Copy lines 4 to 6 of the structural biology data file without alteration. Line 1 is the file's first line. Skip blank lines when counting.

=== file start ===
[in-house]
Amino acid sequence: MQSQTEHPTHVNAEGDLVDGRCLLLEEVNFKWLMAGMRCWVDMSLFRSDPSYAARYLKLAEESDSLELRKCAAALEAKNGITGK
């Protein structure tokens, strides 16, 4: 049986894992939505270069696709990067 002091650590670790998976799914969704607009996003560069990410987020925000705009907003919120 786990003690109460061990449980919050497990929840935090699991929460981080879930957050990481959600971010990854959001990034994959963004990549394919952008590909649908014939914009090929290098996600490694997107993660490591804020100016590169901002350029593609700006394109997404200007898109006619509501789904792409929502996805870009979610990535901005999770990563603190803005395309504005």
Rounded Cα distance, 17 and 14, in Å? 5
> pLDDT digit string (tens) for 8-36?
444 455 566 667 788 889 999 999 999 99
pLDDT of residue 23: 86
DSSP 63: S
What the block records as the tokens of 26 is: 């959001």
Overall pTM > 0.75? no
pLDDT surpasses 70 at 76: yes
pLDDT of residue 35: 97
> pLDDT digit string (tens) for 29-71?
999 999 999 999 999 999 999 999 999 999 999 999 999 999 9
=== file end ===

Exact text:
Rounded Cα distance, 17 and 14, in Å? 5
> pLDDT digit string (tens) for 8-36?
444 455 566 667 788 889 999 999 999 99